Women Scientists and Engineers as Inventors

Posted September 15, 2015 in Uncategorized

scientistThe first creativity workshop I ever put on was for a group of women engineers. Years later my audience still tends to be predominately engineers and scientists. It’s helped me stay on top of my game because they’re not only able to come up with great ideas, but they also know how to make those ideas work. As an inventor I can come up with the inventions, but have to hire someone like that to turn the idea into a viable product.

 

Even though an inventor can come from any industry, many inventors have a background as a scientist or engineer. Having a job that puts you in a position where you’re able to experiment to find different solutions to problems already preps your brain for creativity and innovation. This is why I love speaking to scientists and engineers, like I did at Proctor and Gamble at their international engineering summit or to international scientists at Novartis Pharmaceuticals. I don’t have to explain why creativity is so important and necessary. They already know.

 

Not all scientists and engineers have an interest in being an inventor, but they certainly have the ability. In fact, most engineers never invent anything in their entire career. Since fewer than 15% of all patent holders in the world are women, I’m always trying to recruit more women (and men) into the field of inventing. Scientists and engineers have all of the tools they need to be inventors. They are both problem solvers who apply their knowledge to the construction of real world applications.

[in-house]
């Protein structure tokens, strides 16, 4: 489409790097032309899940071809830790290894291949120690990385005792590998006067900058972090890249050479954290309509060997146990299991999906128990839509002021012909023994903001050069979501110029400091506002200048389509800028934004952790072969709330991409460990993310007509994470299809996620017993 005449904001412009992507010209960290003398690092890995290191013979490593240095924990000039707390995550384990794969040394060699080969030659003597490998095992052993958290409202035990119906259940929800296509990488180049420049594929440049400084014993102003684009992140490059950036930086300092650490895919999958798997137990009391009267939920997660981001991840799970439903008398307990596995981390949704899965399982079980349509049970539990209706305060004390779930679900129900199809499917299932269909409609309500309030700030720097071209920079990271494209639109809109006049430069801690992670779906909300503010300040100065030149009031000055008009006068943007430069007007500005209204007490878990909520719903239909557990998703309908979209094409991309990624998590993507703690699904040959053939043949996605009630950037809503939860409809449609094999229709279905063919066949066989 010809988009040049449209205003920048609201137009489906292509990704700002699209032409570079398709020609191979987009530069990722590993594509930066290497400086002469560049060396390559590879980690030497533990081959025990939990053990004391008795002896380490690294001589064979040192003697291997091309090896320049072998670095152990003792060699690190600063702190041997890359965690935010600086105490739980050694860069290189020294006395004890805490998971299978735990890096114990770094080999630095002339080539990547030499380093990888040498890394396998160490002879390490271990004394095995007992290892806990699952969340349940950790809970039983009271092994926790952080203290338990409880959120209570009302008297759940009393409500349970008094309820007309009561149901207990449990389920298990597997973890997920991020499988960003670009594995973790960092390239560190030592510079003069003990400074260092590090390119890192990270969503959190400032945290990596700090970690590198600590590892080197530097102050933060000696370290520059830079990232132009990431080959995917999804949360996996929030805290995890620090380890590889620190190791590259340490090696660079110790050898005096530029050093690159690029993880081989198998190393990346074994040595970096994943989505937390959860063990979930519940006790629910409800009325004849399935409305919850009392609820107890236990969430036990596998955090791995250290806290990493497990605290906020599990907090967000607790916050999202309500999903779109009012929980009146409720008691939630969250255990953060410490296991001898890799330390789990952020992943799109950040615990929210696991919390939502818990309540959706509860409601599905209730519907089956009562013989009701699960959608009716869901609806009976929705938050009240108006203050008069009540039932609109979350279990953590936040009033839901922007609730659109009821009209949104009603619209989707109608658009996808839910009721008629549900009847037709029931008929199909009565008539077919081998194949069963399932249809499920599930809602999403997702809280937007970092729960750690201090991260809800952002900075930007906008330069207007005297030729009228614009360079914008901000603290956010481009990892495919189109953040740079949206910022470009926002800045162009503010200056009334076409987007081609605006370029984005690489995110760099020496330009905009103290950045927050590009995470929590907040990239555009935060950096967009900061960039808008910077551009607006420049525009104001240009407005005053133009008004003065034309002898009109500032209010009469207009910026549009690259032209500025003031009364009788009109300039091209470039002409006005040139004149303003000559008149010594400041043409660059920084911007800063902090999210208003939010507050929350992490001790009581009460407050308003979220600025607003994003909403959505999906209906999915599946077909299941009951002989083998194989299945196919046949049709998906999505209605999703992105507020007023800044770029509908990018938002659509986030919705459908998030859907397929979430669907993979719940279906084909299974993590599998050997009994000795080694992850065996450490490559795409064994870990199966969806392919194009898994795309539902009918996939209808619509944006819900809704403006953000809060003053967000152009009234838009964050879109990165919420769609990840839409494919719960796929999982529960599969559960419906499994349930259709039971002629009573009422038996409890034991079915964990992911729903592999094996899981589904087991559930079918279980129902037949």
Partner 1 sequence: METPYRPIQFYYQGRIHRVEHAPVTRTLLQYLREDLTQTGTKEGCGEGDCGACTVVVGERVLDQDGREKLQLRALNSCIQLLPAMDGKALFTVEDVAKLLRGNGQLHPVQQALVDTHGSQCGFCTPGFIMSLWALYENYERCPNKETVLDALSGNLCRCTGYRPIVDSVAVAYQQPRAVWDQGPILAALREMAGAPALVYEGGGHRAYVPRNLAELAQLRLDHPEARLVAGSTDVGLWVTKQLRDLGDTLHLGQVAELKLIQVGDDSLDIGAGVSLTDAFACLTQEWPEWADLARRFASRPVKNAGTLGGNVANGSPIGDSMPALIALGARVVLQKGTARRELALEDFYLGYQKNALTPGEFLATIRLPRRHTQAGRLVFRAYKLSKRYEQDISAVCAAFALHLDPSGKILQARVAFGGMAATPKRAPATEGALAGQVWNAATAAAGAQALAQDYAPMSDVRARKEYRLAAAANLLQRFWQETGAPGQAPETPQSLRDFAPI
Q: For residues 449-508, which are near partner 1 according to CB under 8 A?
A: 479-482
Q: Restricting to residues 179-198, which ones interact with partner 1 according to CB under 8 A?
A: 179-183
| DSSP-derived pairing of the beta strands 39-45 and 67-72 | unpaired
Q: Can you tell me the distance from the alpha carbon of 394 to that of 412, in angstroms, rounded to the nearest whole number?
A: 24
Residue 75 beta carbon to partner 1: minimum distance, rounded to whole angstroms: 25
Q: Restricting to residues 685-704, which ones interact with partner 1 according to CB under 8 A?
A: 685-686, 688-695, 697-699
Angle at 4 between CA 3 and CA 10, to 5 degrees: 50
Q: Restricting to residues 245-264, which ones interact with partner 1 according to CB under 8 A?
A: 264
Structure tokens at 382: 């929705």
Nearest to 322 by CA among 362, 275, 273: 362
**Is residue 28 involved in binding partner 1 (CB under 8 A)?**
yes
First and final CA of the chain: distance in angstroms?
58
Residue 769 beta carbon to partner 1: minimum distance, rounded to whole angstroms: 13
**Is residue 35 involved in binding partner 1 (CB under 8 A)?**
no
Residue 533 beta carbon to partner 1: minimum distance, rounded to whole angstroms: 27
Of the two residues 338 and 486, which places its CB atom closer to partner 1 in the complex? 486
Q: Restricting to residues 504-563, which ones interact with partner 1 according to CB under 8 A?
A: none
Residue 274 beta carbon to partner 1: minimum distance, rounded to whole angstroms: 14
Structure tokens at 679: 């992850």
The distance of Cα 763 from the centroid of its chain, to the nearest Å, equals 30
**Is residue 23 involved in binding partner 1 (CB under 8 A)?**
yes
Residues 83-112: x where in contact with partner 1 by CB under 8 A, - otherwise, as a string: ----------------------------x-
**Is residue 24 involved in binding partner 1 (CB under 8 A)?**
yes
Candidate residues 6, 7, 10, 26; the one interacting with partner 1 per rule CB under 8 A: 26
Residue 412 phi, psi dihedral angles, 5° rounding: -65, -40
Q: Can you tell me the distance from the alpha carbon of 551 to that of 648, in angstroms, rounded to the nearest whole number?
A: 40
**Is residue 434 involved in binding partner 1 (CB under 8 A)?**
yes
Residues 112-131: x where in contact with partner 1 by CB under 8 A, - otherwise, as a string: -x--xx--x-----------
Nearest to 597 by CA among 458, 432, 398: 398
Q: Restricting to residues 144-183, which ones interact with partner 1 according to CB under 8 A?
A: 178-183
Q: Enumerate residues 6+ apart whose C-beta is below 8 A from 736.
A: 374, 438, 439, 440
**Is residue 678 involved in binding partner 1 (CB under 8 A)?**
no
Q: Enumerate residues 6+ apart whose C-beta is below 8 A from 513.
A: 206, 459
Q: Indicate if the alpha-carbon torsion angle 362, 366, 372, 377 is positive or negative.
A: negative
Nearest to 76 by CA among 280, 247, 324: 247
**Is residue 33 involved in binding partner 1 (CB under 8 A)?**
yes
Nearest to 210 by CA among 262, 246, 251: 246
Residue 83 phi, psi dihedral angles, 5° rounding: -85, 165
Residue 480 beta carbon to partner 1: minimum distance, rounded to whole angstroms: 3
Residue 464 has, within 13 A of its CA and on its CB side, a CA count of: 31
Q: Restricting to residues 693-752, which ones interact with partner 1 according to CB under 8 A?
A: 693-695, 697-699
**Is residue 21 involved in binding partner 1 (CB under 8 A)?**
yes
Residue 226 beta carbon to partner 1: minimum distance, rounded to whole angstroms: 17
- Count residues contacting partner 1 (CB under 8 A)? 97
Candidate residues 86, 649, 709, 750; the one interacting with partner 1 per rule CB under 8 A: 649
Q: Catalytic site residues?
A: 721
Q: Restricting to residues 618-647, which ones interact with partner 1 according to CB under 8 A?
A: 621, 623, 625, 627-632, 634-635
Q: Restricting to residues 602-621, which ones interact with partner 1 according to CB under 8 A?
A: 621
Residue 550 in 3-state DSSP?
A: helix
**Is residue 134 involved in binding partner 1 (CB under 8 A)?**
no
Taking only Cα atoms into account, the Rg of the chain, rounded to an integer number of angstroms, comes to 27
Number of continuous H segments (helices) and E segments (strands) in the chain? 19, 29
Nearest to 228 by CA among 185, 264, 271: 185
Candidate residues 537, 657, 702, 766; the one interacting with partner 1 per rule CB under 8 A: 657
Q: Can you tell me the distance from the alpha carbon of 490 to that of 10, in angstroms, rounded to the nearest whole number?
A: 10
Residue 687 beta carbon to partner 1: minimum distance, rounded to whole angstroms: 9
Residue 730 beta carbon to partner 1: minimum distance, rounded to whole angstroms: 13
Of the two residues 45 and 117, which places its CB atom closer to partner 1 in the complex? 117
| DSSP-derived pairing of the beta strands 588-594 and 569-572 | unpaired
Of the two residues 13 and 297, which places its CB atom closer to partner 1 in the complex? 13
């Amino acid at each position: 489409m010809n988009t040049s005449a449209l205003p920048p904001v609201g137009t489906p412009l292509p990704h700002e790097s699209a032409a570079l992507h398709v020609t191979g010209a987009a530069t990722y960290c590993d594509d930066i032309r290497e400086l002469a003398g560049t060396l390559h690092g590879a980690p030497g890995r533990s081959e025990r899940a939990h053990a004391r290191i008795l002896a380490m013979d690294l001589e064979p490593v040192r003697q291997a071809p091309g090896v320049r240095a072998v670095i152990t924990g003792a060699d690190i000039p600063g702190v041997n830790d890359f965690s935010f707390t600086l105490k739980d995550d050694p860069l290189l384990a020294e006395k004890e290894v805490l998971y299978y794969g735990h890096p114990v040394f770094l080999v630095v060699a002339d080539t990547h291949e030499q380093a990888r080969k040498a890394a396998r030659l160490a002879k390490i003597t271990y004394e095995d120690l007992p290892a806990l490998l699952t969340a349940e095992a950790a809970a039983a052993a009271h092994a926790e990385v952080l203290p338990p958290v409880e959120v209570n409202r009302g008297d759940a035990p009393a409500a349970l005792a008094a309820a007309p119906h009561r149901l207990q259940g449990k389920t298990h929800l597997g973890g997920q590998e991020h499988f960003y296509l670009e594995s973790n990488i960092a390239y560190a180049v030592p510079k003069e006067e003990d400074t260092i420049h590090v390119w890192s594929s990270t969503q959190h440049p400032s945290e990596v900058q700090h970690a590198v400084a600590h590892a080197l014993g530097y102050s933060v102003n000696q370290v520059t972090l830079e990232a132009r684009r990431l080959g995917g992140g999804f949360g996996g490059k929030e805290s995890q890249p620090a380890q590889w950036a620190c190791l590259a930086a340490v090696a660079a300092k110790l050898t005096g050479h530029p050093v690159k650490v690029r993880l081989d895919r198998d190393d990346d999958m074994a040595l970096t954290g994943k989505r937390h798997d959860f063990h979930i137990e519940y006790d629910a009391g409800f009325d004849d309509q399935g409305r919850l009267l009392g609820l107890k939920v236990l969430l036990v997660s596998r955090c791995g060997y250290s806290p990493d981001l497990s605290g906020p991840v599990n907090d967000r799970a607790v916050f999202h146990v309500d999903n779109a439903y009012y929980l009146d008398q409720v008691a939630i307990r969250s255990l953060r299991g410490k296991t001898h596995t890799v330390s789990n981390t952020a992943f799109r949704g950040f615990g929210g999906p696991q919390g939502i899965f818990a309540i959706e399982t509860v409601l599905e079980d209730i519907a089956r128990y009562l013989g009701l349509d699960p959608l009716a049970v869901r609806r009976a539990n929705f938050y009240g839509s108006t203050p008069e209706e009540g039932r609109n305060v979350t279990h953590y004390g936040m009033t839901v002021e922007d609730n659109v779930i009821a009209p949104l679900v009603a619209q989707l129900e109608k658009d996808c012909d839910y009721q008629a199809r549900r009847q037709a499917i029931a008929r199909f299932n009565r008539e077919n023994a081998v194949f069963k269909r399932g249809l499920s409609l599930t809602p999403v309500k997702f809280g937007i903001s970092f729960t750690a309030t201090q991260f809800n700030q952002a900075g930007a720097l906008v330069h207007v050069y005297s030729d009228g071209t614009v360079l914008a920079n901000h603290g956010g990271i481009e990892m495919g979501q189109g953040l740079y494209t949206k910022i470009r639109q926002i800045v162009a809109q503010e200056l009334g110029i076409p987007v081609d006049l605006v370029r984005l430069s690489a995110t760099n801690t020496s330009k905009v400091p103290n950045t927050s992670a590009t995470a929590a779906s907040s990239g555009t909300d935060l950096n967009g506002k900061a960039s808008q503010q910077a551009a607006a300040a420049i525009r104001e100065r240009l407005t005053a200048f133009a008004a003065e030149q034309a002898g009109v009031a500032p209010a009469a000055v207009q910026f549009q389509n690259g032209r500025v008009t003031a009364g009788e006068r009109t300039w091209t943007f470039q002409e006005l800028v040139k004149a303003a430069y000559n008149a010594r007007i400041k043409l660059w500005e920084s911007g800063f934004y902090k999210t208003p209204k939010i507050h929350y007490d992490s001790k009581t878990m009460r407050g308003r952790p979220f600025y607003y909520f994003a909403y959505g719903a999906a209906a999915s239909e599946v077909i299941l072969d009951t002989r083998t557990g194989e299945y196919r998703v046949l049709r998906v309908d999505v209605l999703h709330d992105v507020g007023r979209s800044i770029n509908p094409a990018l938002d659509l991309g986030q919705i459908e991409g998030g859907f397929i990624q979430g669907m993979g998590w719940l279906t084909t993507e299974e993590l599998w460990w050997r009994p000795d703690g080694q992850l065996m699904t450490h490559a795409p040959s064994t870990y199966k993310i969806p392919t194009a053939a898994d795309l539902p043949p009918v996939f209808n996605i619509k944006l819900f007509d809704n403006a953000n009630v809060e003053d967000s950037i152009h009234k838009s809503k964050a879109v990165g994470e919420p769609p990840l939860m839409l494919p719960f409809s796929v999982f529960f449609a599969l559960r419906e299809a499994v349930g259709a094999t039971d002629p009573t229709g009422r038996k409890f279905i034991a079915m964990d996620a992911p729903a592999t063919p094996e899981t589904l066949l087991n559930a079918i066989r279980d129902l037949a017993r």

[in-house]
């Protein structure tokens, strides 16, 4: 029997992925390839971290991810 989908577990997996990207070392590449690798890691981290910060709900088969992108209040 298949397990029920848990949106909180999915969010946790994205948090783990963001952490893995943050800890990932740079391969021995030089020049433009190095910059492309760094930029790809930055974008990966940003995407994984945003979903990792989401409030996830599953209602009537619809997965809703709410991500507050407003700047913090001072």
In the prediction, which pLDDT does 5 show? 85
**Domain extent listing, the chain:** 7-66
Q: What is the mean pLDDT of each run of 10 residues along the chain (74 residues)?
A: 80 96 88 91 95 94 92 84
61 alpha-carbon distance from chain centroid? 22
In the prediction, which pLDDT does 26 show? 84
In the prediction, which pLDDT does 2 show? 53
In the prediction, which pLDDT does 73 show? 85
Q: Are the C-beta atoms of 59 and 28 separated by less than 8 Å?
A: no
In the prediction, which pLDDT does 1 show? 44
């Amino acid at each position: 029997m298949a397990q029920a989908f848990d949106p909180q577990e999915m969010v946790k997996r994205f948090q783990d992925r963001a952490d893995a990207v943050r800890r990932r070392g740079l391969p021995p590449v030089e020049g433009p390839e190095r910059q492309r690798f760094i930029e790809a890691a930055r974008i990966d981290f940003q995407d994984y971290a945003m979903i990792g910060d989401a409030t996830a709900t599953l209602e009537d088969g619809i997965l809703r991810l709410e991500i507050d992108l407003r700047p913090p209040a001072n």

Here are two examples of women scientists and engineers, who became inventors:

 

Katharine Burr Blodgett developed an interest in mathematics and physics from an early age. She would later become the first woman to receive a doctorate in physics from Cambridge University. She would also become the first woman to be hired as a scientist at General Electric, where her father had been a patent attorney. Katharine’s mentor, Irving Langmuir, encouraged her to participate in some of his discoveries. She conducted her own research into an oily substance Langmuir had developed in his lab. This eventually led to her most significant invention of non-reflective glass. This non-reflective glass has been used in camera lenses, movie projectors, and submarine periscopes. It’s still an important component of computer screens, car windshields, and eye glasses.

 

Her contributions to the military included saving hundreds of lives during World War II, by improving the smoke screens, which protected troops from the toxic chemicals in smoke.

 

A good example of a woman engineer who also became an inventor was Edith Clarke. She was the first woman to receive a degree from M.I.T. in electrical engineering. Like Katharine, she also worked at General Electric. But in the beginning she couldn’t get work as an engineer there, so she started out as a supervisor in the turbine engineering department.

 

It was then that she invented the Clarke calculator, a device that could solve line equations ten times faster than normal methods. Her patent was granted in 1925. Even with all of her accomplishments, she still wasn’t able to get a job as an engineer. So she left the U.S. to teach physics in Turkey. A year later she was finally able to secure an electrical engineering job at G.E.

 

 

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